“The triple and quad cameras in the new Galaxy A7 and Galaxy A9 show our determination to implant innovative DNA in the Galaxy A series and deviate from the shadow of the flagship series,” explained Baik. “We didn’t want to sit around and wait for the smartphone market to evolve. We wanted to innovate with the Galaxy A series and I believe we have accomplished that. As we develop the product line, we will continue to differentiate it from the flagship series by creating its own core strengths and unique features.”

Common to both camera setups on the Galaxy A7 and Galaxy A9 are a Depth camera and an Ultra Wide camera alongside the main camera. The Depth camera measures the depth of the image taken, allowing users to add a bokeh effect around their subject with Live Focus, while the Ultra Wide camera provides a 120° field of view, so users can capture the entire scene. The Galaxy A9 includes an added 10MP Telephoto lens with 2x Optical Zoom so that users can get up-close and personal with their subject, even when they are far away. Engineering all of those features to fit into one phone meant taking a whole new approach to the design.

“We had to use the space more efficiently if we wanted to mount more cameras,” explained Bong. “Taking into consideration the battery and other numerous key components, we decided to move the cameras on the side of the device in a single vertical row, a rather bold approach since cameras have been in the center on our flagship smartphones.”

 

 

He added, “We knew that design is one of the core elements that young millennials focus on when buying their phones,” pointing to the new gradient-style coloring of the devices. “So we wanted to showcase a new design in order to target young millennials better.”

The new Galaxy A9 devices come in a range of colors, including two unique gradient options in Lemonade Blue and Bubblegum Pink. The gradient design was a feat of engineering in its own right, requiring trial and error to get the right look.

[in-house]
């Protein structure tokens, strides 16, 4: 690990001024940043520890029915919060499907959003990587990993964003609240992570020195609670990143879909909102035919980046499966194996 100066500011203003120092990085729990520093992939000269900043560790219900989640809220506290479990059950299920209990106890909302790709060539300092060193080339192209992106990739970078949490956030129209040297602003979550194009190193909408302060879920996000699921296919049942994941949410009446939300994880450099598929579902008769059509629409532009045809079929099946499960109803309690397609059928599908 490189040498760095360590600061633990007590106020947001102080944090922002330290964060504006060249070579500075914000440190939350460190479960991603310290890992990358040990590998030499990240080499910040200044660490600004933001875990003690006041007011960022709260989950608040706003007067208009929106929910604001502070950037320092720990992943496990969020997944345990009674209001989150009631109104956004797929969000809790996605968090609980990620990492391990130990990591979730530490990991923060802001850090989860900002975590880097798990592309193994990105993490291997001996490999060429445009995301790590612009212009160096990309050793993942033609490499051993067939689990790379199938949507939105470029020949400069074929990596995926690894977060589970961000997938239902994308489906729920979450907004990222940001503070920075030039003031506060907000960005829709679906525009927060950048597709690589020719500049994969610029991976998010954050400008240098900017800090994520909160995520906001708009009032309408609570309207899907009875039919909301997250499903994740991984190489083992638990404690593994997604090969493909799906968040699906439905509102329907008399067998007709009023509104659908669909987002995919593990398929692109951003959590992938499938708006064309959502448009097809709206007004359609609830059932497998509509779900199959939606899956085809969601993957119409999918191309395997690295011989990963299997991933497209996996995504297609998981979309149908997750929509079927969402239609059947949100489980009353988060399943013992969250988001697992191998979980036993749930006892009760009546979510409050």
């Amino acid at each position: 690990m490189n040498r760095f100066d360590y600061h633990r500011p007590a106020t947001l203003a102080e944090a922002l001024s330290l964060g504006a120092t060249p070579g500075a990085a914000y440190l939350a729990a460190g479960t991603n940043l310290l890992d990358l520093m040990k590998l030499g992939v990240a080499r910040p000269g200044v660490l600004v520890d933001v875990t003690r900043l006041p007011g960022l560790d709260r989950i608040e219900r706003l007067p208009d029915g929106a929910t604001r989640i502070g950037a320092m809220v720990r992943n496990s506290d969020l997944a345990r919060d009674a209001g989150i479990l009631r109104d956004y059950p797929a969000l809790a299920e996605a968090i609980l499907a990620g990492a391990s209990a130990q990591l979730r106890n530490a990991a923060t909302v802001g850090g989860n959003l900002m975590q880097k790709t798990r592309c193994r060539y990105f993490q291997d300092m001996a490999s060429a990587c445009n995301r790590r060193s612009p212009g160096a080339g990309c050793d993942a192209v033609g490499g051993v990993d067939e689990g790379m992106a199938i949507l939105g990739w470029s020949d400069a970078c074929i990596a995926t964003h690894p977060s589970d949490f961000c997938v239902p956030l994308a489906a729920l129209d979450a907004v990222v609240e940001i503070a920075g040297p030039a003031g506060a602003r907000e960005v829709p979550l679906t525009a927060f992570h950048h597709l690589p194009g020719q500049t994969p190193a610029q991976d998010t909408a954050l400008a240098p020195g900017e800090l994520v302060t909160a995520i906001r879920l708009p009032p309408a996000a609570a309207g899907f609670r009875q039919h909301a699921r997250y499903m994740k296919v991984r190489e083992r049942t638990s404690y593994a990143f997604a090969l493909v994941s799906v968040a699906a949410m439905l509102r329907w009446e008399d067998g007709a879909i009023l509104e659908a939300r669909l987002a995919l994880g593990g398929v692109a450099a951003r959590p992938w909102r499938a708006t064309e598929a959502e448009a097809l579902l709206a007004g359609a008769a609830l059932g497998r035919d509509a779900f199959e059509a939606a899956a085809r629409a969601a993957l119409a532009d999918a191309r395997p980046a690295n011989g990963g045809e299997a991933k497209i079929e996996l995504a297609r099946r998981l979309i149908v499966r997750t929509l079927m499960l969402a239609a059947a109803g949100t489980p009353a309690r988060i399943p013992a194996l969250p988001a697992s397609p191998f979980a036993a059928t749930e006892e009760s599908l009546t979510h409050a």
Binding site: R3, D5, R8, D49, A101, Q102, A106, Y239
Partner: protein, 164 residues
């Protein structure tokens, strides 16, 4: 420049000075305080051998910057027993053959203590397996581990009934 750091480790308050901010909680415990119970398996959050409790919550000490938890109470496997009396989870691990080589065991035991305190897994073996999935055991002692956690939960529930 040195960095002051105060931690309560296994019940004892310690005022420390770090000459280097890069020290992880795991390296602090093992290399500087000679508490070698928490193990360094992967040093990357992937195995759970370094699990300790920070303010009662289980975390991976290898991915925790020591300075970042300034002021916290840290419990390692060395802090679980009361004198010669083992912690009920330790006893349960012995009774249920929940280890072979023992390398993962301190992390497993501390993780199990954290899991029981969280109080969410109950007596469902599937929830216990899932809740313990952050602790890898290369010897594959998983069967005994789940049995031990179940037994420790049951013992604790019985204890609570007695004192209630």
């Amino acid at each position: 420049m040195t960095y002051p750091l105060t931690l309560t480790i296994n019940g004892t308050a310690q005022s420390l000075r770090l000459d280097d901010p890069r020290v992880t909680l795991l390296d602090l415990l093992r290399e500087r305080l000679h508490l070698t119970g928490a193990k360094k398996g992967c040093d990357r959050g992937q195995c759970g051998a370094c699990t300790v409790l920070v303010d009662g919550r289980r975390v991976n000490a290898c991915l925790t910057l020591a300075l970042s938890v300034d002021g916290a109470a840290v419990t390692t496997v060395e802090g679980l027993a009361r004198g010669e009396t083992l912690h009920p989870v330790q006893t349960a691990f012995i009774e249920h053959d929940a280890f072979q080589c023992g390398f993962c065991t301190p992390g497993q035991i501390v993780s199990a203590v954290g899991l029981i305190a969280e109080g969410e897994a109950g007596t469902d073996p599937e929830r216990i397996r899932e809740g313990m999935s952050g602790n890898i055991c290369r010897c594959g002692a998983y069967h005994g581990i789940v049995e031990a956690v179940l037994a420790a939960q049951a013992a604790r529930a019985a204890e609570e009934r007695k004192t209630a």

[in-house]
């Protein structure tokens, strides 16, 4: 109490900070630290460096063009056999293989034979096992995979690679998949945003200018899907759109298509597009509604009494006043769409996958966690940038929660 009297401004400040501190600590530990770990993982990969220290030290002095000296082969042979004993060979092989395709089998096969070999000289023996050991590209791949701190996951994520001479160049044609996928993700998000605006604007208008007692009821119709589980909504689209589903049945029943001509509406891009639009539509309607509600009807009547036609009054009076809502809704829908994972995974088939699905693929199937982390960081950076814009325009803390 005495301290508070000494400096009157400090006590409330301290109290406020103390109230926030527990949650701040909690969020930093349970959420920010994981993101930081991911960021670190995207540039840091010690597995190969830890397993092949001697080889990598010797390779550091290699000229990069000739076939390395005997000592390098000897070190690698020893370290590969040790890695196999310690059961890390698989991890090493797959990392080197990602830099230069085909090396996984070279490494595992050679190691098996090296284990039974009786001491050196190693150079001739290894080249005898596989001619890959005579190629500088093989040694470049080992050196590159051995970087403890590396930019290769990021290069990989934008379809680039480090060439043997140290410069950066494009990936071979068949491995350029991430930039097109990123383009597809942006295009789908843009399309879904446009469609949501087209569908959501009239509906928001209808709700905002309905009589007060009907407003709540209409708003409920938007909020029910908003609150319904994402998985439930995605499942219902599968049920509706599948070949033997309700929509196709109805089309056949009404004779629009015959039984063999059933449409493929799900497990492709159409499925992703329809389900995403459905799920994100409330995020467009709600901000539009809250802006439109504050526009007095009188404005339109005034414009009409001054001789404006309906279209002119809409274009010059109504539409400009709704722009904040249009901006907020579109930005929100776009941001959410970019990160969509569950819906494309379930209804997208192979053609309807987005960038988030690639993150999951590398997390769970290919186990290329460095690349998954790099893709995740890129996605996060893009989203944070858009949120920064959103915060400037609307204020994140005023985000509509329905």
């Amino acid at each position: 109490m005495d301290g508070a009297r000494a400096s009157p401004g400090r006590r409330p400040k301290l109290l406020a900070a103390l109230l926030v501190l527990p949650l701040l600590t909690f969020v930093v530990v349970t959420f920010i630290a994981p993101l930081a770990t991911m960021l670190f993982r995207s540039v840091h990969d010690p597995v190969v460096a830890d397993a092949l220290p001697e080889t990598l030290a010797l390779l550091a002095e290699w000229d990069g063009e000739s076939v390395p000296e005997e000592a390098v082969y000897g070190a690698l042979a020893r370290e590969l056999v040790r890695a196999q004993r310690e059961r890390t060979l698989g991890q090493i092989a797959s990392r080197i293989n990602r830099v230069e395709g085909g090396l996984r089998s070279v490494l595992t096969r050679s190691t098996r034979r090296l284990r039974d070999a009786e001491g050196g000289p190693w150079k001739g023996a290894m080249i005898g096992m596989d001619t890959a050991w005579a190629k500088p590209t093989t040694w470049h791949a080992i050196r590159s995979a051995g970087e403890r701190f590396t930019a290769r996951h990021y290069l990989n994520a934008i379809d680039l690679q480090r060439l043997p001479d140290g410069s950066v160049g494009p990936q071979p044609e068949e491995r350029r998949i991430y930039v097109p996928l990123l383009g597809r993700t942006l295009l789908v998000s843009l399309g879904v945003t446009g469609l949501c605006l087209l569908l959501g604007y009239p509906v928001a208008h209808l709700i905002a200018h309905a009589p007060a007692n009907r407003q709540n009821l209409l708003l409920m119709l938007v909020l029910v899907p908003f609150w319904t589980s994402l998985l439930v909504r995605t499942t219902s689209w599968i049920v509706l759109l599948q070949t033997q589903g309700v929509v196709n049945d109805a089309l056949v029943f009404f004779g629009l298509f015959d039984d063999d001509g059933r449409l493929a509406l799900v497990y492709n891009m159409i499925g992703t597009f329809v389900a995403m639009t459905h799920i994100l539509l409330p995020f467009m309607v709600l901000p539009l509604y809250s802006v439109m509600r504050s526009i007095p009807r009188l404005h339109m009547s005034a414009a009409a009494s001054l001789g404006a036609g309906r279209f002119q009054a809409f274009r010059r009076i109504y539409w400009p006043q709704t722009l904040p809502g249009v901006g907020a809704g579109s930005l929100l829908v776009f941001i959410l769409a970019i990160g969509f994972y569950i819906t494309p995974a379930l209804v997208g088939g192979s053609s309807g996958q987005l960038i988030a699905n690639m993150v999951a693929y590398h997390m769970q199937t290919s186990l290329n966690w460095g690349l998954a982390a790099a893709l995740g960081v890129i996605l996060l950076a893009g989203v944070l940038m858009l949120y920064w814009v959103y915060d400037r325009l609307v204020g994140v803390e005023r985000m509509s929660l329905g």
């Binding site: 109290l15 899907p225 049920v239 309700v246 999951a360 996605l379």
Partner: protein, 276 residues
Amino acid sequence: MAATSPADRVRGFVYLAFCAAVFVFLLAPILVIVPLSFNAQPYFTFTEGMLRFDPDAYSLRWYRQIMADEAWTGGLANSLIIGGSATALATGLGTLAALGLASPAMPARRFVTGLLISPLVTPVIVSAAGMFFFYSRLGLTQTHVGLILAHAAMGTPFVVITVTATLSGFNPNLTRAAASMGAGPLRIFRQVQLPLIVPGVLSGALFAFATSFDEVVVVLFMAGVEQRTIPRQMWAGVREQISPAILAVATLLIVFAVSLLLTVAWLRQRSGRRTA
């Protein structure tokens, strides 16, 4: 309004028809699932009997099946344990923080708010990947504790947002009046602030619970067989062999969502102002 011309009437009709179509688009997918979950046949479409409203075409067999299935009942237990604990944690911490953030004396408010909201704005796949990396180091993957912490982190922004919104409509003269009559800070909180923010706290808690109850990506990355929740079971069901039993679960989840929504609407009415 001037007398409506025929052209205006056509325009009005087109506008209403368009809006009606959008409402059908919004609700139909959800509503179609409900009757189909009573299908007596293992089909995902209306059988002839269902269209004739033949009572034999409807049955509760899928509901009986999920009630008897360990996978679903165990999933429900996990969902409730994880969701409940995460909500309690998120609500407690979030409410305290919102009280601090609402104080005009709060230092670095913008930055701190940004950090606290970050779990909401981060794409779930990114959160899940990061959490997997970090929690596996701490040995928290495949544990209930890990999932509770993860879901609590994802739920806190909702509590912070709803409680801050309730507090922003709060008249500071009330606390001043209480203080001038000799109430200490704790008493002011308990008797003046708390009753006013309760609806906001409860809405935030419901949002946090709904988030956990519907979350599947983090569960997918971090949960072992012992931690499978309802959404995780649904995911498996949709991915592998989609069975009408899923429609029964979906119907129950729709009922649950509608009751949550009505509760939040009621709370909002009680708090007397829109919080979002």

“We selected 3D glass material to emphasize the gradation effect and used glossy metal on the borders of the device to give it a nice shine,” said Bong. “For the Bubblegum Pink version, even the metal borders have the color gradation, making it look much prettier and polished.”

The result of these efforts is a smartphone designed for millennials who want a stylish and convenient mobile experience that brings the best of the Galaxy design heritage to suit their modern, busy lifestyles. With this new approach in mind, the Galaxy A series will continue to evolve to meet the needs of millennials and like-minded individuals in the future.

“The Galaxy A series is Samsung Electronics’ new flagship device that proves our innovation in mobile technology and the deep understanding of our customers and the market,” said Jung. “Thanks to the unique style and features, the Galaxy A7 and A9 have drawn immediate attention from a wider range of consumers and the industry. Samsung will continue to explore the evolving and increasing needs of our consumers to provide the next Galaxy A series with improved features and new experiences.”